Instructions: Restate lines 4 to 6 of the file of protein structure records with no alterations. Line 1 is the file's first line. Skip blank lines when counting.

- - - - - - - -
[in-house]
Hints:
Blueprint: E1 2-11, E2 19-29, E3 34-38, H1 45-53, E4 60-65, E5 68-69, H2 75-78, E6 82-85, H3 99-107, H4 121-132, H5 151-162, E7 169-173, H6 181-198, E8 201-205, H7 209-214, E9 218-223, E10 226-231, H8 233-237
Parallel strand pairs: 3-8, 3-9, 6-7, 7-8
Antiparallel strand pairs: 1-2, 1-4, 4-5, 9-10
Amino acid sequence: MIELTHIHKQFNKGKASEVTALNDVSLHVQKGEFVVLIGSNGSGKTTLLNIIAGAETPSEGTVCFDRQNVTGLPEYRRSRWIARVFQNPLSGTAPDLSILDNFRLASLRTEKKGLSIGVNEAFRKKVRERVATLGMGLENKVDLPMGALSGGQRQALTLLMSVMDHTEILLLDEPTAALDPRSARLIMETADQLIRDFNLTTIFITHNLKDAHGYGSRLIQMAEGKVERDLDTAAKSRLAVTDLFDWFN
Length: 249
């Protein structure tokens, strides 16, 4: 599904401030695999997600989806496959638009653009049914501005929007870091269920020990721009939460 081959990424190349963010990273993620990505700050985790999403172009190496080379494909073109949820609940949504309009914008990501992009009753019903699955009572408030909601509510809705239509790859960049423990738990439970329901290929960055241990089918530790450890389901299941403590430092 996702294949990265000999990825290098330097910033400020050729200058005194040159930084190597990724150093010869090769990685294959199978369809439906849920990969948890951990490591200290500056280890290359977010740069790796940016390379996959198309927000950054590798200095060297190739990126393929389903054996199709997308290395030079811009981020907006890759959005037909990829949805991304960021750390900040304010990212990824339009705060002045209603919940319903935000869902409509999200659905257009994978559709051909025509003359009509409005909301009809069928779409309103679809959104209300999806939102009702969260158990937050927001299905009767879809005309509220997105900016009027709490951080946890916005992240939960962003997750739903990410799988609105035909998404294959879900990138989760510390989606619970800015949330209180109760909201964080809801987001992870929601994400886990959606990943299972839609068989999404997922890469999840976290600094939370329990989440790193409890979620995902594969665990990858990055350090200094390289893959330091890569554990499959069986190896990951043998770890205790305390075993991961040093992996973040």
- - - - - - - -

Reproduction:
Parallel strand pairs: 3-8, 3-9, 6-7, 7-8
Antiparallel strand pairs: 1-2, 1-4, 4-5, 9-10
Amino acid sequence: MIELTHIHKQFNKGKASEVTALNDVSLHVQKGEFVVLIGSNGSGKTTLLNIIAGAETPSEGTVCFDRQNVTGLPEYRRSRWIARVFQNPLSGTAPDLSILDNFRLASLRTEKKGLSIGVNEAFRKKVRERVATLGMGLENKVDLPMGALSGGQRQALTLLMSVMDHTEILLLDEPTAALDPRSARLIMETADQLIRDFNLTTIFITHNLKDAHGYGSRLIQMAEGKVERDLDTAAKSRLAVTDLFDWFN